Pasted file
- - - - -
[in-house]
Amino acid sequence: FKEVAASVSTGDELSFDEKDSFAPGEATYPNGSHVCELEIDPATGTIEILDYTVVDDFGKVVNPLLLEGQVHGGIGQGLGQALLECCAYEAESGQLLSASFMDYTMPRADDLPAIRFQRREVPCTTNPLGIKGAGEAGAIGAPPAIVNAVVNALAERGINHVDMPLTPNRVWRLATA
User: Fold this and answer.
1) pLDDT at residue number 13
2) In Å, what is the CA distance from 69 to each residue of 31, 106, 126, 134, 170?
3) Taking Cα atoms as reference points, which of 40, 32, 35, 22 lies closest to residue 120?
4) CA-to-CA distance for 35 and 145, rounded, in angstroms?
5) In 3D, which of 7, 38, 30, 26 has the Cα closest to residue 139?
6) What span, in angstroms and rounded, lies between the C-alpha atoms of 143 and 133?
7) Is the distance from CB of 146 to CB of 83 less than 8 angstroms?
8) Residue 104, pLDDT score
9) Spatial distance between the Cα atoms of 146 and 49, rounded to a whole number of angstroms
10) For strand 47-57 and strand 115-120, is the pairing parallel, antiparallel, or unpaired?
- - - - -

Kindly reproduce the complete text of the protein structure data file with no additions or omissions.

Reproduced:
[in-house]
Amino acid sequence: FKEVAASVSTGDELSFDEKDSFAPGEATYPNGSHVCELEIDPATGTIEILDYTVVDDFGKVVNPLLLEGQVHGGIGQGLGQALLECCAYEAESGQLLSASFMDYTMPRADDLPAIRFQRREVPCTTNPLGIKGAGEAGAIGAPPAIVNAVVNALAERGINHVDMPLTPNRVWRLATA
User: Fold this and answer.
1) pLDDT at residue number 13
2) In Å, what is the CA distance from 69 to each residue of 31, 106, 126, 134, 170?
3) Taking Cα atoms as reference points, which of 40, 32, 35, 22 lies closest to residue 120?
4) CA-to-CA distance for 35 and 145, rounded, in angstroms?
5) In 3D, which of 7, 38, 30, 26 has the Cα closest to residue 139?
6) What span, in angstroms and rounded, lies between the C-alpha atoms of 143 and 133?
7) Is the distance from CB of 146 to CB of 83 less than 8 angstroms?
8) Residue 104, pLDDT score
9) Spatial distance between the Cα atoms of 146 and 49, rounded to a whole number of angstroms
10) For strand 47-57 and strand 115-120, is the pairing parallel, antiparallel, or unpaired?